The EU agrees to sanction Russian officials for imprisonment in Navalny

EU foreign ministers on Monday agreed to prepare sanctions against four senior Russian officials in a mainly symbolic response to the prison by Kremlin critic Alexei Navalny, according to EU diplomats.

The decision followed a meeting with ministers from the 27-nation bloc in Brussels that included an extensive video conference with the new US Secretary of State Antony Blinken.

The political agreement was reached after France, Germany, Poland and the Baltic states called on the bloc to send a message to President Vladimir Putin that debate and protest must be allowed in Russia.

Ministers asked Foreign Policy Chief Josep Borrell to complete the list of individuals to be targeted, but no oligarchs would be included, a senior diplomat told AFP.

The head of Russia’s investigative committee, which handles investigations into major crimes, the prison director, the director of Russia’s National Guard and the prosecutor were among the officials likely to be subjected to travel bans and asset freezes, a diplomat told Reuters. .

Despite Navalny’s closest aides to the EU targeting members of Russia’s business elite near Putin, EU governments have argued for targeting senior officials as such sanctions may better meet legal challenges.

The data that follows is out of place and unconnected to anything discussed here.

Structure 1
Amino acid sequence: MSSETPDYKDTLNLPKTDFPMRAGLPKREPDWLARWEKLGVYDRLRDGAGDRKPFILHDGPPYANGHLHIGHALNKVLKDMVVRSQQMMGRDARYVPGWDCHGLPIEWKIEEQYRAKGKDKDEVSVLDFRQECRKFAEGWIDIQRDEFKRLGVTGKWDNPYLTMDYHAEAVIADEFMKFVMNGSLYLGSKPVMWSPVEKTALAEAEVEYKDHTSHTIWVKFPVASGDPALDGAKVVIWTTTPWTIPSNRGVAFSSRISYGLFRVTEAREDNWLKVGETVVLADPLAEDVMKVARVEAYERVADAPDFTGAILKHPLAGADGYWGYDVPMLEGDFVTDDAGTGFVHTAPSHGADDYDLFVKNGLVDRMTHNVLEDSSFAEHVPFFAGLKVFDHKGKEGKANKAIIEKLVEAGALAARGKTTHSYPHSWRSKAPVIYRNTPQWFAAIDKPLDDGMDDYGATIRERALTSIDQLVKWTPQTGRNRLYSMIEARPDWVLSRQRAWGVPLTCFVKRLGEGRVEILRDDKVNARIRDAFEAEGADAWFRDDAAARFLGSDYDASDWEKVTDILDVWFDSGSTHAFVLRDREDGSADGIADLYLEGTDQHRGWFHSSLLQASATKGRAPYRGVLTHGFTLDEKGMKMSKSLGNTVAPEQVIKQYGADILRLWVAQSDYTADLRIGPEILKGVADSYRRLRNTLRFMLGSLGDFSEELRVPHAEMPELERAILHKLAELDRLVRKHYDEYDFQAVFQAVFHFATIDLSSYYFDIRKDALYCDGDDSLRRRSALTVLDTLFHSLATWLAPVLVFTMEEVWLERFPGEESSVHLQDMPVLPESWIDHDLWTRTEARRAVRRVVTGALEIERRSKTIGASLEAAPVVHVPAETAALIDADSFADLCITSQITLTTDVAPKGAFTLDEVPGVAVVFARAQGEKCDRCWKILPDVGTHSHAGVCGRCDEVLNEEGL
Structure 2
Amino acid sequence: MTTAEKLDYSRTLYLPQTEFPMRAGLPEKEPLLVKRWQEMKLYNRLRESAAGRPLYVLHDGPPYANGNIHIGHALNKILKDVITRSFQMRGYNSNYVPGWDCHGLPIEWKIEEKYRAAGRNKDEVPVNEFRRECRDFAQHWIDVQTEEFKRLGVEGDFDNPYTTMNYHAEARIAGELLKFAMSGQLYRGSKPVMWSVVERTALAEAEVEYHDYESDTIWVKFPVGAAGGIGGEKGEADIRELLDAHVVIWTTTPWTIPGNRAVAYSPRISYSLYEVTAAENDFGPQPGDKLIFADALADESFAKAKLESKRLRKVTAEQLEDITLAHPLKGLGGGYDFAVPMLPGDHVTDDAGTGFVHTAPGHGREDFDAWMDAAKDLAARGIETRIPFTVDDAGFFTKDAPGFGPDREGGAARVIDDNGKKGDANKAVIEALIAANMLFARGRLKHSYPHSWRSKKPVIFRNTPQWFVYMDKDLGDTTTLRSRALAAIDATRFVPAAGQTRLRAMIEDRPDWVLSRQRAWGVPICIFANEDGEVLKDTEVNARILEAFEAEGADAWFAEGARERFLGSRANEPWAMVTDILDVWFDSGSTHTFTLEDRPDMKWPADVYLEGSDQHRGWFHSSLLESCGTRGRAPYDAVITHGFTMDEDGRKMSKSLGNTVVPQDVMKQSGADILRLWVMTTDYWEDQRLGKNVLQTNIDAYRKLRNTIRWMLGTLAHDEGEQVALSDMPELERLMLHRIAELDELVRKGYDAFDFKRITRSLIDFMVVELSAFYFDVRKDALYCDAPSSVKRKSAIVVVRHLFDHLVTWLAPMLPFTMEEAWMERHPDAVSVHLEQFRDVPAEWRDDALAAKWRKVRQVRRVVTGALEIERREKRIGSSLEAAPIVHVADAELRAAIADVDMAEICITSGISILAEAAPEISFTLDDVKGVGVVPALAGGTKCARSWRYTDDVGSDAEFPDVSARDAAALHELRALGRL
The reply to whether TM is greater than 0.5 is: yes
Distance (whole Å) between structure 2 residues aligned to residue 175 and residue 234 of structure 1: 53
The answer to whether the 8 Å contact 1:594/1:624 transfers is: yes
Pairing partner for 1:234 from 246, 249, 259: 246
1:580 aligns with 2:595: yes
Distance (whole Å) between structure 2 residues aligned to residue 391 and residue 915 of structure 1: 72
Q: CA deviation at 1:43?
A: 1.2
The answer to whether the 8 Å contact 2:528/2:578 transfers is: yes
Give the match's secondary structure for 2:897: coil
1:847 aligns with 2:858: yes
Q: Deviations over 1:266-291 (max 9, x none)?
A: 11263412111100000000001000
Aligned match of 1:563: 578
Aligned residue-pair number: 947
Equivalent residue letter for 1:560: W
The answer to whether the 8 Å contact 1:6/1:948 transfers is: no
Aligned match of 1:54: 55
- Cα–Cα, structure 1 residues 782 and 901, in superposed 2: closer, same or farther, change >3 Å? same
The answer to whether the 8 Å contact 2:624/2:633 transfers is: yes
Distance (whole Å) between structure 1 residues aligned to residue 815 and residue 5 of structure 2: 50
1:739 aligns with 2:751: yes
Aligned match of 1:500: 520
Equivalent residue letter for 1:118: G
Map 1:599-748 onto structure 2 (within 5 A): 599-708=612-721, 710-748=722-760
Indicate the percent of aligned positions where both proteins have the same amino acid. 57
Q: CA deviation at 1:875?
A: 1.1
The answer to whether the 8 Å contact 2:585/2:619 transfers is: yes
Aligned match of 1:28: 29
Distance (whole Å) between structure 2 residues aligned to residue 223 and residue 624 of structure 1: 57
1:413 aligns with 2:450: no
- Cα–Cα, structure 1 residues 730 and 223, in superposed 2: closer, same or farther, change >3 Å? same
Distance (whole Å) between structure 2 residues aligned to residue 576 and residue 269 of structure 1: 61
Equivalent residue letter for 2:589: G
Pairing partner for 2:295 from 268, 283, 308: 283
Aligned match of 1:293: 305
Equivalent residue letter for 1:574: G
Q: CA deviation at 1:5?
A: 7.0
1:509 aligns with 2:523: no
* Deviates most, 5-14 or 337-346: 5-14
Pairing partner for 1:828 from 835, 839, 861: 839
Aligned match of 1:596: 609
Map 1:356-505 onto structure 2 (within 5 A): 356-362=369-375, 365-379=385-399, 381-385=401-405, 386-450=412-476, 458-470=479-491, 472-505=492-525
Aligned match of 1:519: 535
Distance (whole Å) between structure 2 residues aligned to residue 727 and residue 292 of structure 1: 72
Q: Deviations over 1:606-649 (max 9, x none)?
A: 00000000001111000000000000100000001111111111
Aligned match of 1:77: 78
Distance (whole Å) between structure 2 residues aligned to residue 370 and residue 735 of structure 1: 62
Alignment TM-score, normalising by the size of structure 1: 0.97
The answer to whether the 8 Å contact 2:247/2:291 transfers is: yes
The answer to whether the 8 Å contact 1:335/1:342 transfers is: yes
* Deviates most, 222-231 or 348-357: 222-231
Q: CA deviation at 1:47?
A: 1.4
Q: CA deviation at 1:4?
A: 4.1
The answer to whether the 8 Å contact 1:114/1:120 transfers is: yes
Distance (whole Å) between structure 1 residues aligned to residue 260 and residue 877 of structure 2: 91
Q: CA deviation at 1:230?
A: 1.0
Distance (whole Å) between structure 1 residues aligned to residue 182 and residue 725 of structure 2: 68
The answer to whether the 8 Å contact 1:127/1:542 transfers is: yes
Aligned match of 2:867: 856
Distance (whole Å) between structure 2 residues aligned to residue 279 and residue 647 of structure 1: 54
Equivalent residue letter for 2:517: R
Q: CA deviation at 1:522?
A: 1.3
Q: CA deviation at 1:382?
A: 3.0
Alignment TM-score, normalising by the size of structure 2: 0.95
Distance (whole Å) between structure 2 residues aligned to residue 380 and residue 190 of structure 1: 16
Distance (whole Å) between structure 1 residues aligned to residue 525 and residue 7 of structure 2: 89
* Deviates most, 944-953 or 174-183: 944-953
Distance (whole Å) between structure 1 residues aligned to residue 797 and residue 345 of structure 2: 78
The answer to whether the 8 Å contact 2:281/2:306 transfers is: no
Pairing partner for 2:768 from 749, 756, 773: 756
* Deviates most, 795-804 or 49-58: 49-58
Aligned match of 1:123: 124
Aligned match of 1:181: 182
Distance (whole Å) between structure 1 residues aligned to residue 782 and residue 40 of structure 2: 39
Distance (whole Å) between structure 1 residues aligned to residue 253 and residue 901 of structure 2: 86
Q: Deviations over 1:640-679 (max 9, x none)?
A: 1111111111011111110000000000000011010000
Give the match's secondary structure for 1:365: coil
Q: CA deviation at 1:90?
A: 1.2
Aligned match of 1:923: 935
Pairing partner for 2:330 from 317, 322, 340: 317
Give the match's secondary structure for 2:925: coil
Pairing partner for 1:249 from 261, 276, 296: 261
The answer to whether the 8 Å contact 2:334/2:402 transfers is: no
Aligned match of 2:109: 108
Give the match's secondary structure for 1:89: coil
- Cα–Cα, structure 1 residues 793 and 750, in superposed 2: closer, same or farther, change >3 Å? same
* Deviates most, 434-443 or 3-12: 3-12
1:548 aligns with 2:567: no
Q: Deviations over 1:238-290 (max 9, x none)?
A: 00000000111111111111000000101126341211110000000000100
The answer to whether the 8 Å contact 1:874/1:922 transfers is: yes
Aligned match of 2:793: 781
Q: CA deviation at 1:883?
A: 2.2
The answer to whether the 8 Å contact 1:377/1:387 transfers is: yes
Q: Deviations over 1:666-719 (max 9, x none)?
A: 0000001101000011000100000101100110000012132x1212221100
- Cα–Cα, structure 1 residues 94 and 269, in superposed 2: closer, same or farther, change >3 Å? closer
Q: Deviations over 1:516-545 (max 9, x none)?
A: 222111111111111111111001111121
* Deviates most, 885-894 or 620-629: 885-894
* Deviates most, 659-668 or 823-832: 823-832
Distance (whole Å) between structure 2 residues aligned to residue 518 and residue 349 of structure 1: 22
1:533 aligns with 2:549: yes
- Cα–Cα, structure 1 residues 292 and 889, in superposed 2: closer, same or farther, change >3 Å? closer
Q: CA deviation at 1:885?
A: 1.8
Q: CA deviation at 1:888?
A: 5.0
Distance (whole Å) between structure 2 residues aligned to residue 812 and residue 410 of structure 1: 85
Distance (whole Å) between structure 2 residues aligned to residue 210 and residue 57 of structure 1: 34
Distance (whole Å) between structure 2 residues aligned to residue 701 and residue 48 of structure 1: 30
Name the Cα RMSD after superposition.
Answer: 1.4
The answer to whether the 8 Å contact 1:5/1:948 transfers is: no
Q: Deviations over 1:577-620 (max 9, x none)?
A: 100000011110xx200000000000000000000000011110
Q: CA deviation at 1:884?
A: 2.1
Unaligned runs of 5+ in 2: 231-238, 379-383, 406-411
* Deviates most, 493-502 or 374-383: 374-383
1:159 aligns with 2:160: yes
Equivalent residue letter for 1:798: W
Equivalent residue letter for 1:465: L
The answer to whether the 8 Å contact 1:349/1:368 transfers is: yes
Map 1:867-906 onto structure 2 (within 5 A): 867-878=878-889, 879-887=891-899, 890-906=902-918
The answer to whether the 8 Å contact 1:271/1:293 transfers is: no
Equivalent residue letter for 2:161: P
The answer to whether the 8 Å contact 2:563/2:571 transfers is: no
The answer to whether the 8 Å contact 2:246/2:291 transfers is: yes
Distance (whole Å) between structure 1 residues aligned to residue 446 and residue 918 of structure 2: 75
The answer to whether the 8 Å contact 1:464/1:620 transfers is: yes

Navalny was arrested after returning to Russia from Germany last month and was jailed on February 2 for violating the terms of what he says was a politically motivated conviction.

The Russian opposition figure had recovered in Germany after being poisoned with a military-grade nerve agent and has accused the Kremlin of trying to kill him, an indictment denies Moscow.

Russia accuses the EU of interfering in its affairs.

The EU decision came weeks after Russia expelled diplomats from Germany, Poland and Sweden during a visit by Borrell to Moscow.

Russia said diplomats were expelled for participating in “unauthorized demonstrations” in support of Navalny. But the deportation order, during a visit by the EU’s top diplomat, upset European leaders and triggered tit-for-tat measures in Germany, Poland and Sweden.

( Jowharwith AFP and REUTERS)